Anyway, alone and at a loose end for the evening (always dangerous with alcohol in the house) I thought I'd be terribly sophisticated and mix one of the coktails we'd recently been sinking to great effect. I briefly considered changing into a dress for a touch of authentic ambience, but decided on the whole that I couldn't be arsed, and that should any of the voices in my head call me on it, I would maintain that I was instead being the sort of chap who'd been out hunting rhino all day and was just striding back into the lodge for a well deserved cocktail.

Two things occurred to me as I was draining the cointreau bottle into the shaker and musing that this cocktail business was rather draining on the old spirit levels. Firstly, that I did actually possess a measure spoon, and thus using the lid of the shaker probably wasn't a measure in the strict bar tending sense of the word, and secondly, that by following the same recipe, I'd just mixed as much for myself as I had previously for four people.

If I've posted this it means I've regained consciousness, which is a good thing. Probably.

Monday, March 14, 2005

Full Service History

St Nicholas
Originally uploaded by

Despite setting out armed with enough food to fell a small rhinoceros, we still ended up paying over the odds in Tewkesbury Little Chef for the simple reason that we needed to use the loo. I'd never yet come away from a Little Chef thinking 'hmmn, that was nice and VERY good value'. And I still haven't. But I digress.

The church, St Nicholas, was pretty and so far successfully fending off the encroaching factory developments (our favourite one being for Trelleborg Dowty Seals - manufacturing particularly resourceful Danish marine mammals? Anything's possible round here). Matt remarked that the church looked particularly defensible in case of attack. I thought yes, perhaps against marauding Saxons, but it turns out he was thinking zombies. No change there then.

We had a lady vicar who I wouldn't have been surprised to find out was the
Reverend Watkins, but there didn't seem to be any overly supernatural goings on (other than a rather alarming crashing of bells as we were filing out at the end, leading to theories of bodies dangling from the bell ropes - segue from Ledwardine into Midsomer).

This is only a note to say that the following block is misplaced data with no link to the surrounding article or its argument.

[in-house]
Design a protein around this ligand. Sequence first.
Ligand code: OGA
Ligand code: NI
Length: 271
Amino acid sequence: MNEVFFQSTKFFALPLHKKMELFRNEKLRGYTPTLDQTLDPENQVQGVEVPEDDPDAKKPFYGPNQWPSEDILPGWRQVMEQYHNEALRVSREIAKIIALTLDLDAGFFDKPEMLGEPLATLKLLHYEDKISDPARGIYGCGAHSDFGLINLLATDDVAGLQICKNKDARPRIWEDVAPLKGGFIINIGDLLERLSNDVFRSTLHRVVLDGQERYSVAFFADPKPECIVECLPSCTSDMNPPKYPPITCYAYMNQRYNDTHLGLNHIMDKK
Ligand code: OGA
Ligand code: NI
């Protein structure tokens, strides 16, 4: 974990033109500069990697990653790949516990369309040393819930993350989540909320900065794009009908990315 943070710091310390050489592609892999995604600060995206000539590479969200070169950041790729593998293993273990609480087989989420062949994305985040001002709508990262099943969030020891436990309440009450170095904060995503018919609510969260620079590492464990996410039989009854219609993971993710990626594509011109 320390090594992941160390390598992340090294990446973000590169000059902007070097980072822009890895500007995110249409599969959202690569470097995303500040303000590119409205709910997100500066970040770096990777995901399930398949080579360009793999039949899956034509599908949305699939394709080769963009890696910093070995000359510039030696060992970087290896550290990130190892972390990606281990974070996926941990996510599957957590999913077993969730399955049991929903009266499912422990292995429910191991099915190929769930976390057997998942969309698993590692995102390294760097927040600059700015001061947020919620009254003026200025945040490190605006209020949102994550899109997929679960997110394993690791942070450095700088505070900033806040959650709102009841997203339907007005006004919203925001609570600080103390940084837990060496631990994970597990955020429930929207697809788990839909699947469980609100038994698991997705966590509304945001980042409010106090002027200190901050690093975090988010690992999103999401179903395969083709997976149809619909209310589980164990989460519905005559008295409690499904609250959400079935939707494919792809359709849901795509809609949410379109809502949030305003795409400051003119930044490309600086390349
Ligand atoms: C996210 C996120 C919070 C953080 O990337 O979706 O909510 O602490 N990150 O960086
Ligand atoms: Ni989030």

The service went smoothly, although the singing might have been a bit lustier if any of us had heard of any of the hymns - we mostly stuck to the traditional British mouthing silently with eyes fixed firmly on the order of service. I'd also like to respectfully suggest to the parents of the small girl in front of us that whispering 'shut up. Shut UP. Do you want a smack?' in increasingly murderous tones is not likely to actually quieten a kid who just wanted to be able to see. Still, I did manage to trip the mother up later at the reception, which I'd like to see as the application of inventive karma.

So anyway. A successful hitching - Alison looked every inch the lovely bride in lashings of white froth and veil with sparkly weights (although if it had been me I'd probably have been in fur trousers given the outside temperature - still, each to their own...).

Were left to our own devices after the service, with several hours to kill till the evening reception. Naturally found a pub (guesthouse, cashpoint, pub and hotel all conveniently located along a fairly short distance). Can thoroughly recommend The Berkley Arms, all timberframing, good beer (guest ale was Round The Maypole) and food and friendly service.

Made it to the Hop Pole Hotel just as the speeches were finishing (oh gosh, really?) and installed ourselves in the comfy chairs in the corridor where were were neither deafened nor blinded by the disco. And there, larelgy, we stayed for the rest of the evening, it being quite a good spot to talk to passing people, as we were between the entertainment (not me for once, although vague recollections of drunken rambling suggests it was a good thing I wasn't involved in the speeches) and the bar.

We were staying at the Barton House Guesthouse (previously the Bali Hai), and decorated with a mixture of entertainingly exotic fans and brasses and seventies floral print. Oh, and a tremendous collection of swords over the fireplace in the dining room. We were right at the top of the house on the second floor, with a good view over the rooftops of Tewkesbury. £18 each for three of us sharing, including breakfast - and a friendly resident black cat as well (I was going to put "to boot" there, but I think that would have given the wrong impression...).

Back to Cornwall on the Sunday after a full English all round and a quick detour via Ikea (two washing up brushes and a packet of biscuits if you must know).